Archive - Skipping Stones

May 29, 2016


Each Sunday we present a notable item from our archives. This EPOD was originally published May 23, 2004.

Provided by and copyright: Peg Staudenmaier
Summary Author: Peg Staudenmaier

The above photo was taken a year ago (May 23, 2003) just before sunset at Communiversity Park, Green Bay, Wisconsin. These two boys (lower left) skipping stones on this spring evening didn't come close to endangering the world record of 38 bounces. A team of French scientists from The Research Institute for Out of Equilibrium Phenomena developed a machine that helped them publish the angle and speed of the best throw. Their findings have been applied to atmospheric re-entry models of spacecraft like the Space Shuttle. Whether you consider skipping stones a science or a fine art, both experts and amateurs agree that a flat-surfaced stone thrown in a smooth motion will yield the best results.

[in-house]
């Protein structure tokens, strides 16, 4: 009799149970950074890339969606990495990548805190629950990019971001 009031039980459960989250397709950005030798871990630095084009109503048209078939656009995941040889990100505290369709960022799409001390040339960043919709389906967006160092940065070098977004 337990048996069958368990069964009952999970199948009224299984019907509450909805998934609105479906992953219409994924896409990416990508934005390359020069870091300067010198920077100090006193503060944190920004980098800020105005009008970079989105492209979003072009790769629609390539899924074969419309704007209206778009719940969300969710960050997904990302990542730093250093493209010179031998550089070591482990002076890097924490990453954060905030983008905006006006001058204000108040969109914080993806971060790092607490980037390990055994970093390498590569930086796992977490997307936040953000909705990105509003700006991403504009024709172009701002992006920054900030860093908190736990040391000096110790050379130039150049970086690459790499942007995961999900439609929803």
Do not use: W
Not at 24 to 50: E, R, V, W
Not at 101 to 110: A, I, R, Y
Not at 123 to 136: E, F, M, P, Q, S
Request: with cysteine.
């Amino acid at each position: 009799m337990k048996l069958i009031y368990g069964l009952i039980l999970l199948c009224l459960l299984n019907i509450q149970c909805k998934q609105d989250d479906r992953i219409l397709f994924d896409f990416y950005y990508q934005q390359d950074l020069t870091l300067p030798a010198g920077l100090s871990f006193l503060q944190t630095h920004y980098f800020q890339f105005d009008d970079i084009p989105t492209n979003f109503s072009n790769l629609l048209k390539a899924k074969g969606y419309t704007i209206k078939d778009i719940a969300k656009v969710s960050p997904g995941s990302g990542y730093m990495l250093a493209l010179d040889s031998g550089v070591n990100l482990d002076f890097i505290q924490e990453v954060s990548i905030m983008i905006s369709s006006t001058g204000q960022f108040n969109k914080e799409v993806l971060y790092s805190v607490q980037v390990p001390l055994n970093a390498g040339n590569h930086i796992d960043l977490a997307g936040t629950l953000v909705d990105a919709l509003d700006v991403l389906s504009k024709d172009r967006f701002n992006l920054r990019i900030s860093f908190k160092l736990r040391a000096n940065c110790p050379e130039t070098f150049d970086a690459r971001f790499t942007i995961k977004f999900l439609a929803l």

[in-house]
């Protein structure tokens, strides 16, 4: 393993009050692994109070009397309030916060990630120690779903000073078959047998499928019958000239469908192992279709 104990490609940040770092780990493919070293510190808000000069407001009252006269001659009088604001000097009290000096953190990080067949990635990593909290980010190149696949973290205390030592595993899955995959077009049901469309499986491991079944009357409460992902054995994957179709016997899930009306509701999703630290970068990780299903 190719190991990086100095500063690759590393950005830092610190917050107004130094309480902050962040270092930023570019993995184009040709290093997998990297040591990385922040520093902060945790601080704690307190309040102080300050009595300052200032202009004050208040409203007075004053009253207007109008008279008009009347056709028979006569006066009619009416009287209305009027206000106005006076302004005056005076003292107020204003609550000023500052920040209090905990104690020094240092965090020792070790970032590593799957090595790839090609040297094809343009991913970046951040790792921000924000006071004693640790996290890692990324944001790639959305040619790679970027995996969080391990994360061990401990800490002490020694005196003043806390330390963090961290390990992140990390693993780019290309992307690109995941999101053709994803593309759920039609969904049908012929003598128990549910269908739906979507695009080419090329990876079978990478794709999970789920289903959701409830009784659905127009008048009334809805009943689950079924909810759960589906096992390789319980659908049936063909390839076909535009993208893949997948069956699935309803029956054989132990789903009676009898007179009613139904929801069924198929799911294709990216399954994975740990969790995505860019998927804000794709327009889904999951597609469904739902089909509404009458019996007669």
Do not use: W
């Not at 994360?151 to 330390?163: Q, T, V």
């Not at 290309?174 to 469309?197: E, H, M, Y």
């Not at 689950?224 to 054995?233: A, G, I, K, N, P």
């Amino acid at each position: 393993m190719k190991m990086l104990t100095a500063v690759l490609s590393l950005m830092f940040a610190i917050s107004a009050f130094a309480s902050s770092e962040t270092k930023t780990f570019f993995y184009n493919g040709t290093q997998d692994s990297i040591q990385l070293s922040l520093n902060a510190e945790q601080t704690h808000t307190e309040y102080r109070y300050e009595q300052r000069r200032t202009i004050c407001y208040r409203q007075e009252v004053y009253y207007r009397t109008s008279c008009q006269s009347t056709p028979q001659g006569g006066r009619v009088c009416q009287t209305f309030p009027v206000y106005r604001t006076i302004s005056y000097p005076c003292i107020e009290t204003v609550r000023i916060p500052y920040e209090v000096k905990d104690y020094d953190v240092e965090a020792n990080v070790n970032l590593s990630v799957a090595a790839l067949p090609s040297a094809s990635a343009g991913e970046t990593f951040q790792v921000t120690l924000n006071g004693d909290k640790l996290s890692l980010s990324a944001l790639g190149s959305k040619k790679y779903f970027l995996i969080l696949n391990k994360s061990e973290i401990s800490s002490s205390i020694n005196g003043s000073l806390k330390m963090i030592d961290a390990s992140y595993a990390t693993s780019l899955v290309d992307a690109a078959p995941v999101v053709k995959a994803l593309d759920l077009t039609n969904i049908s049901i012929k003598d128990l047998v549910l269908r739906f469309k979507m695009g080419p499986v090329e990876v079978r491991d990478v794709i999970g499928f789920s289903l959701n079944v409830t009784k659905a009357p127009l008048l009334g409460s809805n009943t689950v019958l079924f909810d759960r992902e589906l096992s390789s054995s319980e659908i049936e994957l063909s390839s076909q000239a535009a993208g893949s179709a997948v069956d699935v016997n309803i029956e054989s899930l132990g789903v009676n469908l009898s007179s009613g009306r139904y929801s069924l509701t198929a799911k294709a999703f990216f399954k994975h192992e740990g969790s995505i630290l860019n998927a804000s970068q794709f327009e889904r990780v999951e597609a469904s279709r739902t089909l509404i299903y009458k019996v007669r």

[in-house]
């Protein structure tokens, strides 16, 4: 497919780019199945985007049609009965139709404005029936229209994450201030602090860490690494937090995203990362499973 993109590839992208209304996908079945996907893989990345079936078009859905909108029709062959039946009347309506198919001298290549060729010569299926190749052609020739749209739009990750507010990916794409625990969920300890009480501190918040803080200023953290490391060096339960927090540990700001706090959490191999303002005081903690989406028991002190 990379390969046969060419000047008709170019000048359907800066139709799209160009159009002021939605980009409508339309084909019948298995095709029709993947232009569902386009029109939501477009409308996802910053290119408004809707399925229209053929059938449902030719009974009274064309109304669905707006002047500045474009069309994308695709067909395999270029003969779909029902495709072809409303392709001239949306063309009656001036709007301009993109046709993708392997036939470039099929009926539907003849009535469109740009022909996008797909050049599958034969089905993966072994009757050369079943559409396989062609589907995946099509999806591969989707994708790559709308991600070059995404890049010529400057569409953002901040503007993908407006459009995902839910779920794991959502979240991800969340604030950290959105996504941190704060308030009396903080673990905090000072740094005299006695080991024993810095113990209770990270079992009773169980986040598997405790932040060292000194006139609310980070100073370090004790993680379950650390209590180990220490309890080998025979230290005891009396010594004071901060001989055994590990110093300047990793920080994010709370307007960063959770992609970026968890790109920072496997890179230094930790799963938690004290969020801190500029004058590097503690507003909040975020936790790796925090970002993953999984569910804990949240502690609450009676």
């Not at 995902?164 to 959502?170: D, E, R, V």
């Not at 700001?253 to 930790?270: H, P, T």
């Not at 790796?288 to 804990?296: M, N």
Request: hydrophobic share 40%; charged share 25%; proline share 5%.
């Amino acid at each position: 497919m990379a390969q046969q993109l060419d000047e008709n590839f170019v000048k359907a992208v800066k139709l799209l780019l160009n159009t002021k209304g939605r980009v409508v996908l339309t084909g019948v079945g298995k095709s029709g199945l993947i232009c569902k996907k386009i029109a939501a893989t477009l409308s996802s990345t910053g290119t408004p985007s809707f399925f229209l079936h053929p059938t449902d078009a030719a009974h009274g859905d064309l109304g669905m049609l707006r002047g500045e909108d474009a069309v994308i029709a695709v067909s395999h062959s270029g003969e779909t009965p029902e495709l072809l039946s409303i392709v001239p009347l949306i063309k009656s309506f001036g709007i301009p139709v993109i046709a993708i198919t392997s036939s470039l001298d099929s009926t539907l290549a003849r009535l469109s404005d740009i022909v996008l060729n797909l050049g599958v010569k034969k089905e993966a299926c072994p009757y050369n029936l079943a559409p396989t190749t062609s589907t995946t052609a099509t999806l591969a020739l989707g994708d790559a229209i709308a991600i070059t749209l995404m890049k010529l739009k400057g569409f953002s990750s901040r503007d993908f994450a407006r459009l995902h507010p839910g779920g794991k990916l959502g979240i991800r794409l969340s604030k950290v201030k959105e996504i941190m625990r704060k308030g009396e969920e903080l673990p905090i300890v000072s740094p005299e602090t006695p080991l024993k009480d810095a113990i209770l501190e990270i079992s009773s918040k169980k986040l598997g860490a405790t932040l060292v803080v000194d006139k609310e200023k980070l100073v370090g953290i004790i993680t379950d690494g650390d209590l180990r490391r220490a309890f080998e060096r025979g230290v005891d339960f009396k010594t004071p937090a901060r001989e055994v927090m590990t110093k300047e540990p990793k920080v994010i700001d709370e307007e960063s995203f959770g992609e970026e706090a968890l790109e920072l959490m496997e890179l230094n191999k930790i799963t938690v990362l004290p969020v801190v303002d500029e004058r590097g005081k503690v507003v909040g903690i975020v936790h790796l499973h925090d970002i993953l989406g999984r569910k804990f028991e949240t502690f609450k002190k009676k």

Also, note the glitter patch caused by light reflection off of the small wavelets. Glitter is a frequently observed optical phenomenon, but many people fail to realize that it's simply a legion of tiny reflections of the Sun.

[Note: Since this EPOD was originally published a new world record for skipping stones of 88 has been set on September 6, 2013. - ed.]